Australian Treasurer Wayne Swan insisted the country's economy was strong Saturday following a slump in consumer confidence and retail spending which left some analysts predicting an interest rate cut.
Strong Asia-driven demand for its mining exports helped Australia emerge from the global downturn as the only advanced economy to dodge recession but high interest rates and offshore debt worries are rattling the public.
Consumer confidence slumped 8.3 percent this month to recession levels and retail stocks dived Thursday after top-end department store David Jones slashed its profit forecasts due to an unprecedented and dramatic slowdown in sales.
Australia's economy suffered its worst contraction in 20 years in the first three months of 2011 after flood and cyclone emergencies damaged mines and crops, with growth shrinking 1.2 percent on-quarter.
A second quarter of negative growth would see it declared in recession for the first time since 1991.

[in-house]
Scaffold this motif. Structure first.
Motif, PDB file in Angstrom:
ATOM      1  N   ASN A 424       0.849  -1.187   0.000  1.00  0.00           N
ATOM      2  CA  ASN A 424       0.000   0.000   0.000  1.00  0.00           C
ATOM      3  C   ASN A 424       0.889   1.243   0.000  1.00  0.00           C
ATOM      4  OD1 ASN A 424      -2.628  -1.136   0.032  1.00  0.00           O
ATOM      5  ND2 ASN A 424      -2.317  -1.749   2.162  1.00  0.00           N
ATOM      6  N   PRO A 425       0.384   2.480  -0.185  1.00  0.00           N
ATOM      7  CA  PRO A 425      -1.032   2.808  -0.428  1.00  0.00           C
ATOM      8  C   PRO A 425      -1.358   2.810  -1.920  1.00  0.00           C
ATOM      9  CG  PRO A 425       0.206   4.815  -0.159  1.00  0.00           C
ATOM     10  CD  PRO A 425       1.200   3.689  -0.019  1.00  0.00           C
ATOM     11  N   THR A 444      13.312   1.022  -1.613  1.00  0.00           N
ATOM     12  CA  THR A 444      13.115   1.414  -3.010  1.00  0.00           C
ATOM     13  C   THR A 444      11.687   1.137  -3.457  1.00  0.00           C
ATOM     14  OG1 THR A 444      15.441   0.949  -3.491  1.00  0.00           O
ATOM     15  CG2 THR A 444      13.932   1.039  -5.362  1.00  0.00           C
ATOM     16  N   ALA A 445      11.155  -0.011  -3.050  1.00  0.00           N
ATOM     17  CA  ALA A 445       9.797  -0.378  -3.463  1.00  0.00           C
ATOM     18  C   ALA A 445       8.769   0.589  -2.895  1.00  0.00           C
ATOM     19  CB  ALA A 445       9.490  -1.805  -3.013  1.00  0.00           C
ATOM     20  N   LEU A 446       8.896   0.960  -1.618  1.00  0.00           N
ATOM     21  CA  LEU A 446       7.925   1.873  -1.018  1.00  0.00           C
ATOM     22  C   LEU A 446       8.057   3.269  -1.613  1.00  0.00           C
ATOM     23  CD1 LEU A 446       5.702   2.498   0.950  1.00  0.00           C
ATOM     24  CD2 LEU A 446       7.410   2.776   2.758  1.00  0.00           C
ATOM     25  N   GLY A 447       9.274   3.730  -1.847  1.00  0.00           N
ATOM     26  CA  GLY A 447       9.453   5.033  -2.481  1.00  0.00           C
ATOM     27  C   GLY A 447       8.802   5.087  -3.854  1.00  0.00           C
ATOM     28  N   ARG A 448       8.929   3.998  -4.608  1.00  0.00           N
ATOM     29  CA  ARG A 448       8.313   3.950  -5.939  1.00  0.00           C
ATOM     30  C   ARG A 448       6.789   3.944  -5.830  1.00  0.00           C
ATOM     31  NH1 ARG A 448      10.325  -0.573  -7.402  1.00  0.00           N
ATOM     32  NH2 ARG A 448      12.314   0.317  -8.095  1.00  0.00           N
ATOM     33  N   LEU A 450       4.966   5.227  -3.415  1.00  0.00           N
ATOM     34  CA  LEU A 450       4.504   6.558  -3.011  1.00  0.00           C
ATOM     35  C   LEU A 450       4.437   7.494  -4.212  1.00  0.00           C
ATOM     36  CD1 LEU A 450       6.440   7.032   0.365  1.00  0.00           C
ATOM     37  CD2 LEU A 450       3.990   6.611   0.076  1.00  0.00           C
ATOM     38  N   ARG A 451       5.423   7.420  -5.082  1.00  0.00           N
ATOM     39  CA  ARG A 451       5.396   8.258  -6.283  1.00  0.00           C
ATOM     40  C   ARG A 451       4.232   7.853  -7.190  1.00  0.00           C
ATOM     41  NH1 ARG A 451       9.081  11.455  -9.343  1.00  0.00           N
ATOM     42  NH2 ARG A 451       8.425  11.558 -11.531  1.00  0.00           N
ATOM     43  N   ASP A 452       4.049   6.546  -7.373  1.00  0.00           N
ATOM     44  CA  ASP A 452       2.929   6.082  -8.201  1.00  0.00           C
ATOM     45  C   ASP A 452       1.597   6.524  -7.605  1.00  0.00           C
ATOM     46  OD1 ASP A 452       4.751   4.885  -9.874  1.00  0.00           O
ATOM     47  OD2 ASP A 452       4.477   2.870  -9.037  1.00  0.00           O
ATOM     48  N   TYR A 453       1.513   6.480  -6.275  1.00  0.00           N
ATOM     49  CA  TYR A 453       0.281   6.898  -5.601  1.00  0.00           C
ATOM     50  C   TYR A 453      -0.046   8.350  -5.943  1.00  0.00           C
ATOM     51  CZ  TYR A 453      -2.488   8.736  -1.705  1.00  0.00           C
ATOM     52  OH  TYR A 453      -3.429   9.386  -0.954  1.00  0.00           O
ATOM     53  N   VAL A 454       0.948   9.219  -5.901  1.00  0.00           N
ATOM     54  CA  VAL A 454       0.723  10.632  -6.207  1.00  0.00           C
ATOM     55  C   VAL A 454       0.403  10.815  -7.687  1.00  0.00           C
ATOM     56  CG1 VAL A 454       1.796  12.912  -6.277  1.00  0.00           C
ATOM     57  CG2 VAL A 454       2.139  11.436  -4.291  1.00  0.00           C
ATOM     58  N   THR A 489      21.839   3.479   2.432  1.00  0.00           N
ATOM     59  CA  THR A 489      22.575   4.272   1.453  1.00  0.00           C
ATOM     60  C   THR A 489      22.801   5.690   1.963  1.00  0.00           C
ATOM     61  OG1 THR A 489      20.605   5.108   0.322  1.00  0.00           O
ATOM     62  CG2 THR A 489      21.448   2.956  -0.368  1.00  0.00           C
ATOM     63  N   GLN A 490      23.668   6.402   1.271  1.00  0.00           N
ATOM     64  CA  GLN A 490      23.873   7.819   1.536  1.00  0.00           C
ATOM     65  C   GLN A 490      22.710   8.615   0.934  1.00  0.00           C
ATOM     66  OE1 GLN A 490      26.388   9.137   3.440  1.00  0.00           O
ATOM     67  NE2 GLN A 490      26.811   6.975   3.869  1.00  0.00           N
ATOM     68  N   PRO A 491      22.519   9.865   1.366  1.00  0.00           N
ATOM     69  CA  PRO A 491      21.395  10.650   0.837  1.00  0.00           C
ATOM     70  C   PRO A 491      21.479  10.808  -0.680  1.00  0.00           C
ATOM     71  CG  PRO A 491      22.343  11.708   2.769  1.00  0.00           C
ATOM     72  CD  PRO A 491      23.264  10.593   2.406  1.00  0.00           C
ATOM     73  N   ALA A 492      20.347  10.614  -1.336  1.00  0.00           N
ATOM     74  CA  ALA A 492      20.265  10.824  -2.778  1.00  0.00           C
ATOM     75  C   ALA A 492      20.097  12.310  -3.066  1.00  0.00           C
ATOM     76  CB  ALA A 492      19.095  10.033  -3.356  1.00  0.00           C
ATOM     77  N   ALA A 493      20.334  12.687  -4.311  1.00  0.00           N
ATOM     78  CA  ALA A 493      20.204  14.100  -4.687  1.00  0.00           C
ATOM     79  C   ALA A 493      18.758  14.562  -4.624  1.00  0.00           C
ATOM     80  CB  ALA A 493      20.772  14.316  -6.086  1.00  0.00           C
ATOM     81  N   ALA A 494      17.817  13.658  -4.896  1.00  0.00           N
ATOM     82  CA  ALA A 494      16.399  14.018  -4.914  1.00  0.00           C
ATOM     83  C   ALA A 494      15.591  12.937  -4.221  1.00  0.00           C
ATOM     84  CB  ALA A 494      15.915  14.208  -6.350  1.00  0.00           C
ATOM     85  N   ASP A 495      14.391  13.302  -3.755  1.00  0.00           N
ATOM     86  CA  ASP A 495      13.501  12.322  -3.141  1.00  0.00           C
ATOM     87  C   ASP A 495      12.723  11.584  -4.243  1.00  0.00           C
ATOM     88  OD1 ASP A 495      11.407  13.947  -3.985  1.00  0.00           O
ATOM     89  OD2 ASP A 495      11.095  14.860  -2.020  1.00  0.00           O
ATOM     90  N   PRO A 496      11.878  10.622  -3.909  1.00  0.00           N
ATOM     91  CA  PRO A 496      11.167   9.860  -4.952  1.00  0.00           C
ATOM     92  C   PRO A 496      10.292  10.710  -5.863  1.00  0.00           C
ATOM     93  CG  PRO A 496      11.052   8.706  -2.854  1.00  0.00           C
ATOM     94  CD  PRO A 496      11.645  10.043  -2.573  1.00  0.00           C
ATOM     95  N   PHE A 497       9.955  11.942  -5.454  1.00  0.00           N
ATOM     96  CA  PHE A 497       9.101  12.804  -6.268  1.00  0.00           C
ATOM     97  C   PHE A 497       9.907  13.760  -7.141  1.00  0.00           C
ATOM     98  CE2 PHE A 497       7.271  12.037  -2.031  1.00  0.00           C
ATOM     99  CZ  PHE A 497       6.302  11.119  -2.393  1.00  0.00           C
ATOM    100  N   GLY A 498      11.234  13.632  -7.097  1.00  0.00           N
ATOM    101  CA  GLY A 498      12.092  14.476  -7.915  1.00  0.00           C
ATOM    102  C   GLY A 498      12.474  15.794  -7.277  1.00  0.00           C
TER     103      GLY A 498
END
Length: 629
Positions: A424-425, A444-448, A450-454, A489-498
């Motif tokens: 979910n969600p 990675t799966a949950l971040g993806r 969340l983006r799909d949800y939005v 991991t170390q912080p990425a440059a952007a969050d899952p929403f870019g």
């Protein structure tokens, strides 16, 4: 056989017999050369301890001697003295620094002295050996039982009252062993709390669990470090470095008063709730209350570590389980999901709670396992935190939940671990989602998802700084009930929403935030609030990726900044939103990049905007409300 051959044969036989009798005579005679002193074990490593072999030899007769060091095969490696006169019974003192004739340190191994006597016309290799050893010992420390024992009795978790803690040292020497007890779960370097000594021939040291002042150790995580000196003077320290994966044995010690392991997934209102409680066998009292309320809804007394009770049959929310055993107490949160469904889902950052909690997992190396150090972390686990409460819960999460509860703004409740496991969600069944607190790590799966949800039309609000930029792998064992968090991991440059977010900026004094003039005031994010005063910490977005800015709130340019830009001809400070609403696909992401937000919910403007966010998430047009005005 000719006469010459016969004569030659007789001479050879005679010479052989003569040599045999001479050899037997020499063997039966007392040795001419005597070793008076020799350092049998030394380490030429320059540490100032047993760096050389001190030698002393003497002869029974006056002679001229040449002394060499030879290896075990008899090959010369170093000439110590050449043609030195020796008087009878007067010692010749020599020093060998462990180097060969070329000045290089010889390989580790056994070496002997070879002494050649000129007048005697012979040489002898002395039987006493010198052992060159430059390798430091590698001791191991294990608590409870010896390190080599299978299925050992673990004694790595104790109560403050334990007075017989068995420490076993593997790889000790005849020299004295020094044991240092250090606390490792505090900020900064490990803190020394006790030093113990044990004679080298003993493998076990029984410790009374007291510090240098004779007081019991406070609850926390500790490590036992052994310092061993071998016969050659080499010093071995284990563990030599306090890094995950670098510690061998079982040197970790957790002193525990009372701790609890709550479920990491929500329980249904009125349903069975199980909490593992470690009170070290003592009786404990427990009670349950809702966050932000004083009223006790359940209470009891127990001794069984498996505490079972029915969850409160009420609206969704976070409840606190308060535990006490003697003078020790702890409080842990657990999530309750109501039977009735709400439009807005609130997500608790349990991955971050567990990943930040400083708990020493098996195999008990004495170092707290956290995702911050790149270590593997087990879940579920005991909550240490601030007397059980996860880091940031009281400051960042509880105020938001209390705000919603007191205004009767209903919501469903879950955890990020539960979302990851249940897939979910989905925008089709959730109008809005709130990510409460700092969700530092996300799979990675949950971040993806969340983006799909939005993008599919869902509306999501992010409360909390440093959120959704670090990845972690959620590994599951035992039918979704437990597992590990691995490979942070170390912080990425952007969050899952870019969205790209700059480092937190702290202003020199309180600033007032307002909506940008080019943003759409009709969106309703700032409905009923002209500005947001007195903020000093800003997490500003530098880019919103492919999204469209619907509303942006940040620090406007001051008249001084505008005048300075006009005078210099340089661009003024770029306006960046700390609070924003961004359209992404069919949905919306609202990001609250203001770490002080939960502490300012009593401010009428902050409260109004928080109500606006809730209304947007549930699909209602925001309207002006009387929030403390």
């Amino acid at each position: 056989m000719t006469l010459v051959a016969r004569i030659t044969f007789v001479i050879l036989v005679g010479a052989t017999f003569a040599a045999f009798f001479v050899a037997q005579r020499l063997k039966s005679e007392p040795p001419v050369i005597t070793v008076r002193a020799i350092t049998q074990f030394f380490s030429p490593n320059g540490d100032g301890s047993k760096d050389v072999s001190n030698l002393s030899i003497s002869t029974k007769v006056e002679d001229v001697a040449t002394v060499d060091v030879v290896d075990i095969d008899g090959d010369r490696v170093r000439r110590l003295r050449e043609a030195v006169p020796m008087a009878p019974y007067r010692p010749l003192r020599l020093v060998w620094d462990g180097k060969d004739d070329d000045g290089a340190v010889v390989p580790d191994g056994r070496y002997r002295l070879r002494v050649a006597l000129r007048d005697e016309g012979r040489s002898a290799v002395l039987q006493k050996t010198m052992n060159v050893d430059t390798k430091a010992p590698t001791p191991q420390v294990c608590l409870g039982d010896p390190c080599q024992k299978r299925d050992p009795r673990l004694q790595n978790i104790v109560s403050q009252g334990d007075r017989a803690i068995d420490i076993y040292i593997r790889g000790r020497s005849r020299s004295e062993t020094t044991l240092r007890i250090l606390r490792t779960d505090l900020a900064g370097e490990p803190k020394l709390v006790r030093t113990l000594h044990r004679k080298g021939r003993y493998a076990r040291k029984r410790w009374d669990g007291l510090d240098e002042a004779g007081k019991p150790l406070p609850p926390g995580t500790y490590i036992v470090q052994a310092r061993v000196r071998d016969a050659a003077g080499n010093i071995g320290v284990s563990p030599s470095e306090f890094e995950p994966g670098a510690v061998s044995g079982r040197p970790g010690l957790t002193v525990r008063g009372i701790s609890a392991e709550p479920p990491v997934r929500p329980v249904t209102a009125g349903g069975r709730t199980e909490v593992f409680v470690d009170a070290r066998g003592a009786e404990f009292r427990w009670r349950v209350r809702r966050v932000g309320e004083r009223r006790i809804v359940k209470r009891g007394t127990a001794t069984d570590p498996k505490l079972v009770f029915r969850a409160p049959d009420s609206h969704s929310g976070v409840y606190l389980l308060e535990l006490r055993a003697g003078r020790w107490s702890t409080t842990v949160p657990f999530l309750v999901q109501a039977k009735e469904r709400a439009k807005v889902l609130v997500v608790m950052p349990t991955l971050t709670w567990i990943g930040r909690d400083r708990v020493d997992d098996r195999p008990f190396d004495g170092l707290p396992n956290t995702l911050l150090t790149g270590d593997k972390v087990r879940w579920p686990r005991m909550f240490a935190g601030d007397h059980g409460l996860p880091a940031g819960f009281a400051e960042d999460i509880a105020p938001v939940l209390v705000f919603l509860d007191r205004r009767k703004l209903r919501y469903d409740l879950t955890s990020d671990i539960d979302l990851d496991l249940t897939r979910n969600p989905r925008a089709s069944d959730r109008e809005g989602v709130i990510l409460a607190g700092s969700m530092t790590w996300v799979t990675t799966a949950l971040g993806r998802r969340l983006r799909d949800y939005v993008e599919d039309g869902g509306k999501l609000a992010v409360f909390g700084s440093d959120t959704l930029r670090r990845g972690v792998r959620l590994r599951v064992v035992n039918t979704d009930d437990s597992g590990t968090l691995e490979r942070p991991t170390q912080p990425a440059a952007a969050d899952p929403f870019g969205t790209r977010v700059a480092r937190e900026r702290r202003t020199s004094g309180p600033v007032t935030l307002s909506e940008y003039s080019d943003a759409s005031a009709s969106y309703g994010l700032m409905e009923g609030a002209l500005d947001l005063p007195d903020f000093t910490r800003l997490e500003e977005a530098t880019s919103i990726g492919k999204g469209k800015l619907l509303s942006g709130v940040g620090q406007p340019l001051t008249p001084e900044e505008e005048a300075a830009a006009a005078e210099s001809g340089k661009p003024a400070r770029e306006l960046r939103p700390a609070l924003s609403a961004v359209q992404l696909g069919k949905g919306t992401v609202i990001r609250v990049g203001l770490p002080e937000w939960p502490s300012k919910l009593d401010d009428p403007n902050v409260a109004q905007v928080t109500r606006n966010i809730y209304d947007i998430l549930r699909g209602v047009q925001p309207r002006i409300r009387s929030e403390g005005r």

Major bank Westpac said the Reserve Bank would likely begin slashing interest rates to buoy confidence, tipping a 25-point cut in December to 4.50 percent and further reductions to 3.75 percent by the end of 2012.
"Interest rates are too high in Australia given the state of the non-mining sectors of the domestic economy and a downward adjustment is required to avert a damaging round of contraction," Westpac economist Bill Evans warned Friday.
Swan said there were "risks in the international economy" and people were clearly worried about debt ructions in Europe and the United States but Australia was in a strong position, with near-full employment and good growth.
"It is true that consumers in Australia are now more cautious and they have been like that for some time," Swan told reporters.
"That is the response we’ve seen from Australian consumers to international uncertainty, but Australians can be assured that our economy will continue to grow and will continue to create jobs."
Though Australia was "not immune" to global issues Swan said it was well placed to weather economic shocks, with a strong pipleline of mining investment and strict financial regulators.
"The Asia-Pacific and Australia are certainly stronger than those other two regions in the global economy," he said of the problems in the US and Europe.
"What we’ve got to do is keep our economy growing strongly and the government has put in place a set of policies to keep the economy growing. We’re not immune from international events but our fundamentals are strong."